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Klaus Kinski

Kinski in middle age
Born Nikolaus Karl Günther Nakszyński
October 18, 1926(1926-10-18)
Sopot, Free City of Danzig
Died 23 November 1991 (aged 65)
Lagunitas, California, U.S.
Occupation Actor
Years active 1948–1989

Nikolaus Karl Günther Nakszyński, best known as Klaus Kinski (18 October 1926 – 23 November 1991), was a German actor. He appeared in over 130 films, and is perhaps best-remembered for his collaborations with writer/director Werner Herzog.


Life and work

Early life

Plaque marking Kinski's birthplace in Sopot

Klaus Kinski was born in Sopot, in the Free City of Danzig. He was the son of a German father of Polish descent,[1] Bruno Nakszyński, a pharmacist and a German mother Susanne (née Lutze), a nurse. He had three older siblings: Inge, Arne and Hans-Joachim. Around 1931 the family moved to Berlin and settled in a flat in the Wartburgstraße 3, in the suburb of Schöneberg. From 1936 on, Kinski attended the Prinz-Heinrich-Gymnasium in Schöneberg.[2]

During World War II Kinski was conscripted into the German Wehrmacht and was captured by the British in the Netherlands in late 1944. After being transferred to the prisoner of war "Camp 186" in Berechurch Hall in Colchester, Essex, he played his first theatre roles on stage.[3]

Theatrical career

Returning to Germany, and without having ever attended any professional training (Herzog noted in My Best Fiend that Kinski was self-taught), Kinski started out as an actor, first at a small touring company in Offenburg and already using his new name Klaus Kinski. In 1946, he was hired by the renowned Schlosspark-Theater in Berlin, but was fired by the manager in 1947 due to his unpredictable behavior.[4]

Other companies followed, but his already wild and unconventional behavior regularly got him into trouble.[5] In 1950, Kinski stayed in a psychiatric hospital for three days; medical records from the period listed a preliminary diagnosis of schizophrenia.[6] Around this time he became unable to secure film roles, and in 1955 Kinski twice tried to commit suicide.[7] In March 1956 he made one single guest appearance at Vienna's Burgtheater in Goethe's Torquato Tasso. Although respected by his colleagues, among them Judith Holzmeister, and cheered by the audience, Kinski's hope to get a permanent contract was not fulfilled, as the Burgtheater's management ultimately became aware of the actor's earlier difficulties in Germany. He unsuccessfully tried to sue the company.[8]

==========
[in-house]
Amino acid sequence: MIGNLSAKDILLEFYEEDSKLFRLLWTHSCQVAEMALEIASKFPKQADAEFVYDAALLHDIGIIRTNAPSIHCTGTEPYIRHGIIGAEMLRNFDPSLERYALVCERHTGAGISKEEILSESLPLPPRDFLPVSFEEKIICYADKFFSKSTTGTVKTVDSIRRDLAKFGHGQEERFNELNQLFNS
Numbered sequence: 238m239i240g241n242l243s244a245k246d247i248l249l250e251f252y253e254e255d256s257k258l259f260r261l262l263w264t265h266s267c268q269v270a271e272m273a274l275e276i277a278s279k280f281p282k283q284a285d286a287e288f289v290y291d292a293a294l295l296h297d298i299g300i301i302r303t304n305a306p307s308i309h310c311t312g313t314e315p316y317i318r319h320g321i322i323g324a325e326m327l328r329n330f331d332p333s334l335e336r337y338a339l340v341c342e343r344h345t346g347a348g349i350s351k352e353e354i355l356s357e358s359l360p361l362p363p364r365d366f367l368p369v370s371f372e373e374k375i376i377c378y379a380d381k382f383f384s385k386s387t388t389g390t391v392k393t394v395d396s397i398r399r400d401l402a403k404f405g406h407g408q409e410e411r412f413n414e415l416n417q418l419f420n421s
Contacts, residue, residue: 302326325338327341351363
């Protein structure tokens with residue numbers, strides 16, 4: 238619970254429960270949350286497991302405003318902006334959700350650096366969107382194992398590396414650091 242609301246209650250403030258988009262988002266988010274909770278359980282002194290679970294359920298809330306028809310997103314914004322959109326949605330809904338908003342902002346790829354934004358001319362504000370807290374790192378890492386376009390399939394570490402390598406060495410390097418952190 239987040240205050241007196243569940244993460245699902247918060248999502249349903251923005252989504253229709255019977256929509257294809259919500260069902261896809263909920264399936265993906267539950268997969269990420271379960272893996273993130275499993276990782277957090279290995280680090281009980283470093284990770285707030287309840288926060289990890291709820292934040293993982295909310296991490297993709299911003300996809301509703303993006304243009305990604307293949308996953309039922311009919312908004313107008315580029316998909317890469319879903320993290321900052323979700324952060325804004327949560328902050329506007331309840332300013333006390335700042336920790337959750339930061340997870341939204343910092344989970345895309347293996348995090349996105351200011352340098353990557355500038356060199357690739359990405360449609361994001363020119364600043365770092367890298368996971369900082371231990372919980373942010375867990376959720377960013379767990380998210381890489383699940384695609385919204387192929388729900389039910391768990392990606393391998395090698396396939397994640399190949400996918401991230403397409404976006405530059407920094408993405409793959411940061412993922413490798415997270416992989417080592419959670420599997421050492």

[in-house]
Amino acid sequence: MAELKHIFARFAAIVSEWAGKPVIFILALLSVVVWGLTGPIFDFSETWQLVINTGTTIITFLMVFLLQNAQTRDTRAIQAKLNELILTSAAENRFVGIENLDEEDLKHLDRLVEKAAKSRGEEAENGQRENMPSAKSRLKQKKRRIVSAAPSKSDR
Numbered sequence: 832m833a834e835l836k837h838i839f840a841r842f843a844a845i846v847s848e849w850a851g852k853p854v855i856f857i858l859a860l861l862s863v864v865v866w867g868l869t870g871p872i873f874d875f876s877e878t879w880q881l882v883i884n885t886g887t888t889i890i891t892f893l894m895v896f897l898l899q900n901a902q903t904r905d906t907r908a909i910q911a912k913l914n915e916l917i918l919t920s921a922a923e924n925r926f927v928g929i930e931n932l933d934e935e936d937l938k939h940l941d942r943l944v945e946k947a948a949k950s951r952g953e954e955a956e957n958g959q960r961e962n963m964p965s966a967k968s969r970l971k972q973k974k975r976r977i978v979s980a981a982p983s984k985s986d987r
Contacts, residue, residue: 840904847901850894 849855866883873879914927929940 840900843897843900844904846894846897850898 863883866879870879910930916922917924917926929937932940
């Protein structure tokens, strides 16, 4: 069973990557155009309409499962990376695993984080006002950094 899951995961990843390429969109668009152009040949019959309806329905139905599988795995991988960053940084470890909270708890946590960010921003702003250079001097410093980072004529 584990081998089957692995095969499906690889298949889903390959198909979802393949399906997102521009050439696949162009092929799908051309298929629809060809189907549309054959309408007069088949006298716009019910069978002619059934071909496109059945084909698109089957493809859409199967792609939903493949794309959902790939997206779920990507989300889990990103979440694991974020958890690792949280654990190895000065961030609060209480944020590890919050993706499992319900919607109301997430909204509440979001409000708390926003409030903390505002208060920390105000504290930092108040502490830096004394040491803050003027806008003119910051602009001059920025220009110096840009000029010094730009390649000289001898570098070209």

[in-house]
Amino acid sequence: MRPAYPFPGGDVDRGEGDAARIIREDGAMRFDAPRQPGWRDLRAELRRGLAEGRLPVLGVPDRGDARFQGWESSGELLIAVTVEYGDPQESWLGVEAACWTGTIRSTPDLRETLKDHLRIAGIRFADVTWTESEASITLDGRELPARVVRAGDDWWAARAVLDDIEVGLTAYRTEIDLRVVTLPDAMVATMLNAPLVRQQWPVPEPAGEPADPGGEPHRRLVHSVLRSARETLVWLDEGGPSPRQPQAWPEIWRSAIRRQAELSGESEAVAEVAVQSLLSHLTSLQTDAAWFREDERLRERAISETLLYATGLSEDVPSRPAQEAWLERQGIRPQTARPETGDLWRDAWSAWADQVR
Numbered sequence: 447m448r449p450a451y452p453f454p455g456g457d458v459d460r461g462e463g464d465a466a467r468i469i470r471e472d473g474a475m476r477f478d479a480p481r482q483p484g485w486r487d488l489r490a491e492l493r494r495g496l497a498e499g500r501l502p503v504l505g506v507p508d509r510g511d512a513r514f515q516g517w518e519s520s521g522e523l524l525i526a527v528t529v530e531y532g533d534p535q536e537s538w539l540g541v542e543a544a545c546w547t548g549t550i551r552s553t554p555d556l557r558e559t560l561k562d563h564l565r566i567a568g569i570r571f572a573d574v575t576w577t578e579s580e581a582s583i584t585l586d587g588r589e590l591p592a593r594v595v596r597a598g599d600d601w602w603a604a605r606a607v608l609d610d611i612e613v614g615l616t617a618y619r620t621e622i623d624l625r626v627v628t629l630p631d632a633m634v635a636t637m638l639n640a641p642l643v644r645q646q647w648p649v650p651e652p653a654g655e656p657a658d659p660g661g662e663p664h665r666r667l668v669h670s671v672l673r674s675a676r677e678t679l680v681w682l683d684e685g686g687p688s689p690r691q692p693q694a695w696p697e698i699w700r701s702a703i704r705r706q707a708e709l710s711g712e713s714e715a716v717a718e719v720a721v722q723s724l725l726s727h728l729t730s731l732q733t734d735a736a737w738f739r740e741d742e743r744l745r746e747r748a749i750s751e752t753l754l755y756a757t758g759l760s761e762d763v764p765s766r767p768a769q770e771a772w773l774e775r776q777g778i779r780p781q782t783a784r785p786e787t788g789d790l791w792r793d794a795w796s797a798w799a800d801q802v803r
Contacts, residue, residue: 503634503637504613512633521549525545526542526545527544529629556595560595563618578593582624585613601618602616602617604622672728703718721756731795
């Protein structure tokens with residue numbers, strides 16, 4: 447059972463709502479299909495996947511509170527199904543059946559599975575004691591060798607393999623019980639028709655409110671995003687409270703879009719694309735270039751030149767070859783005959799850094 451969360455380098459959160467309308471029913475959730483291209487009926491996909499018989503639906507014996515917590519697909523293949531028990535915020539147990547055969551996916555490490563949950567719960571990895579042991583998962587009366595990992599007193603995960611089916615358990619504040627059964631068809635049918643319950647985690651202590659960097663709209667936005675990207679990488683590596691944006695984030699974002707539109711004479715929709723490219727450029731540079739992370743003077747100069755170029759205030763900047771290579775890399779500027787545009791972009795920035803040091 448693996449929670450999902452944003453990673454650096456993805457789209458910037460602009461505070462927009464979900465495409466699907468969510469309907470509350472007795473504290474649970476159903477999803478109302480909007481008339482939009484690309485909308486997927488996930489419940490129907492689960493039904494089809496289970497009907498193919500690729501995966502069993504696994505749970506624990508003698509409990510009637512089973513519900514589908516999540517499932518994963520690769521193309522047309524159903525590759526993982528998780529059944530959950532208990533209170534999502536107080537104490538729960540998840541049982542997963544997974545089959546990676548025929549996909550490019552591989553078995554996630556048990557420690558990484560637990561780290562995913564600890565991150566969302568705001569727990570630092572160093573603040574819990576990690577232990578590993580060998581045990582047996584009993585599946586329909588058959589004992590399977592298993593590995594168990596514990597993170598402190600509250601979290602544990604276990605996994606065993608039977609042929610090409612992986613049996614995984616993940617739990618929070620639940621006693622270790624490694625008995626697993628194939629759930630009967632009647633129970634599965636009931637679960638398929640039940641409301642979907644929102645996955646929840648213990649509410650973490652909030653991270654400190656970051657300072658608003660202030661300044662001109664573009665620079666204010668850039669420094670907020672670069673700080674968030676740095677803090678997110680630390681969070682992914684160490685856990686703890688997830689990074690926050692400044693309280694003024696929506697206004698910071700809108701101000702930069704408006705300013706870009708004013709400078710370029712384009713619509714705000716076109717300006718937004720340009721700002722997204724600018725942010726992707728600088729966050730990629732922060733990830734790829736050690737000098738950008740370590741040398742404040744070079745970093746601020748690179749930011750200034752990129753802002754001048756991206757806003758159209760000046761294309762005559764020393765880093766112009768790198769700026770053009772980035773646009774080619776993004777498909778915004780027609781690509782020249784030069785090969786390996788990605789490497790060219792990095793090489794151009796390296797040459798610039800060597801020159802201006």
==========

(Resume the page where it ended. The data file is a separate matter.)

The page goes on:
Living jobless in Vienna, and without any prospects for his future, Kinski reinvented himself as a monologist and spoken word artist.[9] He presented the prose and verse of François Villon, William Shakespeare and Oscar Wilde among others. Thus he managed to establish himself as a well-known actor touring Austria, Germany, and Switzerland with his shows.[10]

Film work and later life

Kinski appeared in several German Edgar Wallace movies. In Alfred Vohrer's Die toten Augen von London (1961), his character refused any personal guilt for his evil deeds and claimed to have only followed the orders given to him; Kinski's performance reflected the post-war Germans' reluctance to take responsibility for what had happened during World War II.[11]